State officials say they’re concerned about misinformation on coronavirus vaccines on social media as COVID-19 cases continue to rise in Michigan.
Vaccination misinformation on social media can range from unfounded concerns that the vaccine affects fertility to more interesting takes, such as that 5G cell phone towers can exacerbate COVID-19 symptoms.
Michigan has the nation’s highest COVID-19 rate, according to the state Department of Health and Human Services.
“We’re very concerned about the recent increase in cases, announcing over 5,000 new cases a day,” said Joneigh Khaldun, the chief medical executive and chief deputy director of the department.
“Unfortunately, there are a lot of rumors and misinformation going around about the vaccine,” she said. “The vaccine is safe.”
Attorney General Dana Nessel said people who otherwise would have gotten vaccinated may decide not to due to misinformation spread on social media.
“The request that we would make, and that we have made, to the social media outlets is if you see information that you know is factually inaccurate about the vaccine, to remove it from your platform when asked to do so,” Nessel said. “And certainly not to engage in the process of helping to disseminate it.
“You can’t scream ‘fire’ in a crowded theatre. That’s not your First Amendment right. I don’t believe you should be able to willfully, knowingly disseminate misinformation about the vaccine because you are contributing to people dying,” Nessel said.
Research has shown that exposure to misinformation about vaccines is correlated with lower vaccination rates, said Young Anna Argyris, an assistant professor in the Department of Media and Information at Michigan State University.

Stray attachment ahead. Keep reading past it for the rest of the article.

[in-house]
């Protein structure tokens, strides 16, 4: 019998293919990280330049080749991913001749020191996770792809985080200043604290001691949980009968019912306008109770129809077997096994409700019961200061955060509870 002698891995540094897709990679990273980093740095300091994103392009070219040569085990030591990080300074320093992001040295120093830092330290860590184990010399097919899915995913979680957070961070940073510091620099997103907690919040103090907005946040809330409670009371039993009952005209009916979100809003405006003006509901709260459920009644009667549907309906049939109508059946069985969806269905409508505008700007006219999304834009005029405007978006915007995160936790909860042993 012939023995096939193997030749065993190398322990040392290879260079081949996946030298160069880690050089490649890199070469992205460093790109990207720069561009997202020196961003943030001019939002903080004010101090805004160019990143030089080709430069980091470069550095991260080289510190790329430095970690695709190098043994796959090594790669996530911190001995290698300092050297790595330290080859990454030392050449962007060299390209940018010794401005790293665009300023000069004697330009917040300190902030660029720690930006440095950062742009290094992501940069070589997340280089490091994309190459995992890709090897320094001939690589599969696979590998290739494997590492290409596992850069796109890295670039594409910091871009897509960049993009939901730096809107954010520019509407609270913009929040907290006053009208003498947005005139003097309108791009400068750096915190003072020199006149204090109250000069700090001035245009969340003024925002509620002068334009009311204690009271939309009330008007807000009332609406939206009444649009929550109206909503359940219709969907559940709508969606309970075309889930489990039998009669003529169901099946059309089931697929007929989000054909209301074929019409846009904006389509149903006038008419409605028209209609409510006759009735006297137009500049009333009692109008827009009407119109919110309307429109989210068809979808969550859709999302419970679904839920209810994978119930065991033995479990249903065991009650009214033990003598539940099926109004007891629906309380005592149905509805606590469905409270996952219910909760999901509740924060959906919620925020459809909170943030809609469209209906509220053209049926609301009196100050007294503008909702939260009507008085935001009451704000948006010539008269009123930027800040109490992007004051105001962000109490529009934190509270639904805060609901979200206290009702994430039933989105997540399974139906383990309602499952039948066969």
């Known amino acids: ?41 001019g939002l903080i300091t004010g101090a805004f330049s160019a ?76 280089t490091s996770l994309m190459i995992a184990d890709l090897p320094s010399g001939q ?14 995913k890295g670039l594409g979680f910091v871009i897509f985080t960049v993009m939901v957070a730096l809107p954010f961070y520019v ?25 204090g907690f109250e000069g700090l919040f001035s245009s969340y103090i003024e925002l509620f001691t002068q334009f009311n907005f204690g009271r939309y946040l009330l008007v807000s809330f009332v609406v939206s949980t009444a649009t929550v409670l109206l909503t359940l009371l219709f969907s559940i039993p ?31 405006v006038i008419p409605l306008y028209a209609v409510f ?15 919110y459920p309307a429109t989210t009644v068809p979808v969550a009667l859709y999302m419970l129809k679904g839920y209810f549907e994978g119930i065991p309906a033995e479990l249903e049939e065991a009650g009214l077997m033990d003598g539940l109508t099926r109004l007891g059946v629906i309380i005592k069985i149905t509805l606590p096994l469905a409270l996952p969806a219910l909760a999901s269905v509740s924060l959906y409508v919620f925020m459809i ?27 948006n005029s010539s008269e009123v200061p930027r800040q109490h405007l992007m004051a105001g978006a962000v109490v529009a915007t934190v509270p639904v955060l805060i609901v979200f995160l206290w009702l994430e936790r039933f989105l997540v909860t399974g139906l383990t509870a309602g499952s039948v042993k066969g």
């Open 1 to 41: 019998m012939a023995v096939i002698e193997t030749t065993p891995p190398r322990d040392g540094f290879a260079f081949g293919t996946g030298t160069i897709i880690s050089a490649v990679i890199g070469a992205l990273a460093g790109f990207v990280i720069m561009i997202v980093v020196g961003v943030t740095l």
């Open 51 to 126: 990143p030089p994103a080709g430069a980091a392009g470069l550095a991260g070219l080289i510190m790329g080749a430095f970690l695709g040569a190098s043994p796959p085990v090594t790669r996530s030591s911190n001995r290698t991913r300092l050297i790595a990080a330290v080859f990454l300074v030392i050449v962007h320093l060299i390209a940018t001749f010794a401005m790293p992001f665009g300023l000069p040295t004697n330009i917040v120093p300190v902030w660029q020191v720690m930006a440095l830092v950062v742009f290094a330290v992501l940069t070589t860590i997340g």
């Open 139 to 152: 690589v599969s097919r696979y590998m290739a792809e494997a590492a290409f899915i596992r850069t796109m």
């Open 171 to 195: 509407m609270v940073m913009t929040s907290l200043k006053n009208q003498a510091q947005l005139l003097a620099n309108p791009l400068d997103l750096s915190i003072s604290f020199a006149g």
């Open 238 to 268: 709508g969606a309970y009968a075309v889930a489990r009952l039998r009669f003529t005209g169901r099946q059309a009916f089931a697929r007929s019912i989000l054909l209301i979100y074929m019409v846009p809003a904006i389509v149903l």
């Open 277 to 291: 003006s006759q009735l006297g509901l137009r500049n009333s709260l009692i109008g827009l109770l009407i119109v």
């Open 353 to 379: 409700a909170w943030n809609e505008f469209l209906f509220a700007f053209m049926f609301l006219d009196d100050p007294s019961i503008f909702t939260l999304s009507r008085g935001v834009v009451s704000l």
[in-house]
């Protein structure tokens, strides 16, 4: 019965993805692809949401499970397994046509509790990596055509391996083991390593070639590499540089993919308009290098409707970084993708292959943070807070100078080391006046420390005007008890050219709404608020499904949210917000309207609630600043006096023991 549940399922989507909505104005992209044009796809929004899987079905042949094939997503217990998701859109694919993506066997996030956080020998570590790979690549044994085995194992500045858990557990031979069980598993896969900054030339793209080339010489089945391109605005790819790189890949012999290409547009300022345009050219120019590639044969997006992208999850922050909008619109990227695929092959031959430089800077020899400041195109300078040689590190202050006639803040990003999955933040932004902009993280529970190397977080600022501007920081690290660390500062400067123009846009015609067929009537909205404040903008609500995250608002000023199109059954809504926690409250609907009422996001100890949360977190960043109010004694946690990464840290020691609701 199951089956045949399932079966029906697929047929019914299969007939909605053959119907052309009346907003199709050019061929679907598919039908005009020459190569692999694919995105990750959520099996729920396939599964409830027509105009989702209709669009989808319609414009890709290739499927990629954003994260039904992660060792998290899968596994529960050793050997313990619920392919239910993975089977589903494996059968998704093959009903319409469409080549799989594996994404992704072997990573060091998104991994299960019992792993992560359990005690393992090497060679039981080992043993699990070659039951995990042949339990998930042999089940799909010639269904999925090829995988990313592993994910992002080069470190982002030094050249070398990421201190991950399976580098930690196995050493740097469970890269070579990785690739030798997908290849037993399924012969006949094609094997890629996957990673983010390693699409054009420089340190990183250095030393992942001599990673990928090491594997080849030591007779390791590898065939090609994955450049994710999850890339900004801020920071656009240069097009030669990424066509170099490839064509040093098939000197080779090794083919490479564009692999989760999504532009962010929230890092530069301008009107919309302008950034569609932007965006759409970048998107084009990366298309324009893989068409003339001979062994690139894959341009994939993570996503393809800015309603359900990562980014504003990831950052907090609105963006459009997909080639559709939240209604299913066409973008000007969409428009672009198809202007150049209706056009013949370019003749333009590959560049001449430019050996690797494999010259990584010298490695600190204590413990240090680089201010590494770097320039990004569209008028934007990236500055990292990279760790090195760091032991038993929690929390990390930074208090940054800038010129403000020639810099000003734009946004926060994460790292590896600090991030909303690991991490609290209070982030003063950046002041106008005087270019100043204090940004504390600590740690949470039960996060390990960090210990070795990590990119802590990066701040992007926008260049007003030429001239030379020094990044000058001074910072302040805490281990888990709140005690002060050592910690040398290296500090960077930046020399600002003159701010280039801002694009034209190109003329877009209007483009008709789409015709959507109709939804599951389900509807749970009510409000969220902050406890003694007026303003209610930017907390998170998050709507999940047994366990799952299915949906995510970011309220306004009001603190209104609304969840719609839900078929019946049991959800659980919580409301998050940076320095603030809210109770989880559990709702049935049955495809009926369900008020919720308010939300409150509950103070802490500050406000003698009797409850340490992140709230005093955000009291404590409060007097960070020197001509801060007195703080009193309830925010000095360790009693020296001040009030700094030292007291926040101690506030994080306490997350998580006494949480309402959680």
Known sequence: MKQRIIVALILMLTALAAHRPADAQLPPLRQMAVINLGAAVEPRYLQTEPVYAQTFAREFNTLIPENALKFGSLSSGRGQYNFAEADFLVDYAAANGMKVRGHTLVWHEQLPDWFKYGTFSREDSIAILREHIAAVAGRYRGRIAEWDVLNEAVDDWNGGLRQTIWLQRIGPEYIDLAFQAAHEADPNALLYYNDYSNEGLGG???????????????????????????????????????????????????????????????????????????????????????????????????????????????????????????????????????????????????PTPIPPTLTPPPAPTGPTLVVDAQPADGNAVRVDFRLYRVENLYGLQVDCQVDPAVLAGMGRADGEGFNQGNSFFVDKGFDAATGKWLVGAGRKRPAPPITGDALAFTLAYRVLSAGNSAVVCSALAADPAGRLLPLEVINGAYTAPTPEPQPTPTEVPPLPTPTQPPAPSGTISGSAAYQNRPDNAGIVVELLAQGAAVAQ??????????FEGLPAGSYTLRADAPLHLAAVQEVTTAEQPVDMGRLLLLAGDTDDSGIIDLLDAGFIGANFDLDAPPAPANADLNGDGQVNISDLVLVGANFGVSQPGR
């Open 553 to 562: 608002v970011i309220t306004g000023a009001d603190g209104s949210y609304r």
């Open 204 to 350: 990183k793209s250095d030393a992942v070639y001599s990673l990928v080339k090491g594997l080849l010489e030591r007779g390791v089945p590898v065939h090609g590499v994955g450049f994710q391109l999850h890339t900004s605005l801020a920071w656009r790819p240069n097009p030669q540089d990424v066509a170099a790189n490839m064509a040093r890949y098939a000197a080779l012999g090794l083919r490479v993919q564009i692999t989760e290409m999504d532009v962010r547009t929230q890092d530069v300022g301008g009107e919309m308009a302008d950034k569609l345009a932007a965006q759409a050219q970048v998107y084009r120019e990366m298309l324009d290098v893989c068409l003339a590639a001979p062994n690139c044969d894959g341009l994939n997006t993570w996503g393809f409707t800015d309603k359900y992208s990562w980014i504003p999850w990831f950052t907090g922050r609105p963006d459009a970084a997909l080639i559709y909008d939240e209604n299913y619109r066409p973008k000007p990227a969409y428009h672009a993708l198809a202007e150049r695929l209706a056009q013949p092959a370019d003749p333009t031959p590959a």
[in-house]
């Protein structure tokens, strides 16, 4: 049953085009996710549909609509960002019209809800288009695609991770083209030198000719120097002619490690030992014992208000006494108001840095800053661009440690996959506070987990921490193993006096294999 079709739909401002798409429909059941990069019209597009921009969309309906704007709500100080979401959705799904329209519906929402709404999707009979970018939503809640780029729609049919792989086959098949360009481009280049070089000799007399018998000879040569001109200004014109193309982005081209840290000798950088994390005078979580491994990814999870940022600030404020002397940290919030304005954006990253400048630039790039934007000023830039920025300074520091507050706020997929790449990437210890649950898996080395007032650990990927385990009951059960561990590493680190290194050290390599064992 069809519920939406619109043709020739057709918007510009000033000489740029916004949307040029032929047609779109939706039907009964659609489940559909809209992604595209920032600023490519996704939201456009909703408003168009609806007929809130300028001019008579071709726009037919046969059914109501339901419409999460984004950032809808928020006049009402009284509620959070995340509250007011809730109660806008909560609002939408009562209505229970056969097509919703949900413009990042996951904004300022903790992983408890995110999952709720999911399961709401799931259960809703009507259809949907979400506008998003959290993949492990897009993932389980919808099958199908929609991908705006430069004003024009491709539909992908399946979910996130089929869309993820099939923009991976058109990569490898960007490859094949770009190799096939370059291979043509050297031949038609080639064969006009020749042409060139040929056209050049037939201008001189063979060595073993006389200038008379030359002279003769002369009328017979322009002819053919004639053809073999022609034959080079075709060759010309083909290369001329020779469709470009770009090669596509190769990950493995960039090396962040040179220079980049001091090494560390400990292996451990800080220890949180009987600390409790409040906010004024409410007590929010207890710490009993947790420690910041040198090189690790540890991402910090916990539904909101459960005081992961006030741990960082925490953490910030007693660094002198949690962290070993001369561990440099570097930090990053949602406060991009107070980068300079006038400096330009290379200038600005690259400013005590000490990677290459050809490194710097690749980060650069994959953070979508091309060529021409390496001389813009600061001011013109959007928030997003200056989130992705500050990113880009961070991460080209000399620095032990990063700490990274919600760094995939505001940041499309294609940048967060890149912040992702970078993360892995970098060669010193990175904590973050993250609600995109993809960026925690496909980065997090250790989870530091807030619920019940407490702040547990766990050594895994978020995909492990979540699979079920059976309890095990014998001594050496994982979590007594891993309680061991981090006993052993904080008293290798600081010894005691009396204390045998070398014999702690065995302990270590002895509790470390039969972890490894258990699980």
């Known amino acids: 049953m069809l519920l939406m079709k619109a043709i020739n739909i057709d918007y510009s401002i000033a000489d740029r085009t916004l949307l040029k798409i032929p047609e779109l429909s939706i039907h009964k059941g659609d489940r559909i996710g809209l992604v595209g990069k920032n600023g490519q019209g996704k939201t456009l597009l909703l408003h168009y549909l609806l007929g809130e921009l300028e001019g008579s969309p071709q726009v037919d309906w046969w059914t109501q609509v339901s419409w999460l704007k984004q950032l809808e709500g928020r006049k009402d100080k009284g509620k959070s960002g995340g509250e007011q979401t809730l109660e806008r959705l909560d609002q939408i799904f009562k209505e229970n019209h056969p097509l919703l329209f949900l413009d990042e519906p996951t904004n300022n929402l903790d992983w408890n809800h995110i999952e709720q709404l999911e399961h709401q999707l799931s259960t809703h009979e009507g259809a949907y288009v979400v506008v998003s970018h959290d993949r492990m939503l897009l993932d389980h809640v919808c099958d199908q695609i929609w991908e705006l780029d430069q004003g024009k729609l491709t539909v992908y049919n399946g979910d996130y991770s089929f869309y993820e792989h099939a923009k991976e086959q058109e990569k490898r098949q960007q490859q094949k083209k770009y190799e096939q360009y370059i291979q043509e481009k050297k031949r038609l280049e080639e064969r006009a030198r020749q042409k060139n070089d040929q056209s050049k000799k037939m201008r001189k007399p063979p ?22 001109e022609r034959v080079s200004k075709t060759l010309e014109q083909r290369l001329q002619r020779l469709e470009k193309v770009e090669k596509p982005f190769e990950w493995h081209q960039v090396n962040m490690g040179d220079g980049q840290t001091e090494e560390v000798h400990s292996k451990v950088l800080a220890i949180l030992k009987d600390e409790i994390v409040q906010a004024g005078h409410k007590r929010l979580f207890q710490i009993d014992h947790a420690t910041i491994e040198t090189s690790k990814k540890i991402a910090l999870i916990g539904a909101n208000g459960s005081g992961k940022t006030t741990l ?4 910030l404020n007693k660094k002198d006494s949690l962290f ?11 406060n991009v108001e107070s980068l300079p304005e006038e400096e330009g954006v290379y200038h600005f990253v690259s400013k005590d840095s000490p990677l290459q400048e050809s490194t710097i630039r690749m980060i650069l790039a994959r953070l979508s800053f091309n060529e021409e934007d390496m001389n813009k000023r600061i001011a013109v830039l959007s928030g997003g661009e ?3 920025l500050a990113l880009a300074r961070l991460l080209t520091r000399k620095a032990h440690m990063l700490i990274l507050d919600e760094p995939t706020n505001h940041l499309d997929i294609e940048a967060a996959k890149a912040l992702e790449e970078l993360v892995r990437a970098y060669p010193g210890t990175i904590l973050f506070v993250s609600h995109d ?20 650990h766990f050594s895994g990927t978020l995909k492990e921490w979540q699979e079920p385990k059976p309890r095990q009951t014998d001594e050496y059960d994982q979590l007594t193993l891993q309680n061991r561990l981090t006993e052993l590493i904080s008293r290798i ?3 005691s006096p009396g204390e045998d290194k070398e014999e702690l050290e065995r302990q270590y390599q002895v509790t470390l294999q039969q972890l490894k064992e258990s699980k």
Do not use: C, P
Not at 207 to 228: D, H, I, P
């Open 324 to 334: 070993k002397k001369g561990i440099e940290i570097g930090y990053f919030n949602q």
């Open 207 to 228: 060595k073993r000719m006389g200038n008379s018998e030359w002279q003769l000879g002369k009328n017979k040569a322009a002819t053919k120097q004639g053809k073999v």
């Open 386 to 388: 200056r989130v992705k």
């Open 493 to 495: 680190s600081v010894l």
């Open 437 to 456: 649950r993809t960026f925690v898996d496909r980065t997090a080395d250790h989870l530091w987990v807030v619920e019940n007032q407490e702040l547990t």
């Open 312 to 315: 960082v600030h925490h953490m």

She said although there is an apparent correlation between anti-vaccination messages and people’s decisions not to get the shots, researchers haven’t proven a direct cause-and-effect relationship.
However there are technologies that can be used to identify vaccine misinformation.
“Technically, it’s a really, really complicated task,” Argyris said. “Think about the number of posts that contain misinformation that are posted every day. Literally millions. We cannot screen them manually.”
She said she’s developed an algorithm — a set of mathematical processes or rules — that is 96% accurate in detecting misinformation.
Even so, the other 4% equals millions of posts that can “cause genuine harm,” Argyris said. Detecting misinformation becomes even more difficult when it comes to images and video.
Those who post misinformation about the vaccine may use different spellings of words, such as “vaccine” or “COVID-19,” to evade detection.
Khaldun said COVID-19 cases have been rising in Michigan, in part due to “pandemic fatigue,” or people simply being tired of social distancing, as well as misinformation about the virus.
Misinformation about potential side effects could keep people from getting vaccinated, although most side effects are minor, she said.
“They tend to primarily be mild pain at the injection site, low-grade fever, chills, particularly in younger individuals,” Khaldun said. “And that’s actually to be expected as a result of your body getting primed to be able fight the real virus if they come into contact with it.”
Khaldun said vaccines have proven effective despite misinformation.
“The vaccines are still more than 95% effective in preventing COVID-19,” she said. “And even if you do get COVID-19 after you’ve been fully vaccinated, your likelihood of getting hospitalized or losing your life is extremely low.”
“But I think it’s just really important in that we get appropriate facts out there so that people can learn and understand,” she said.
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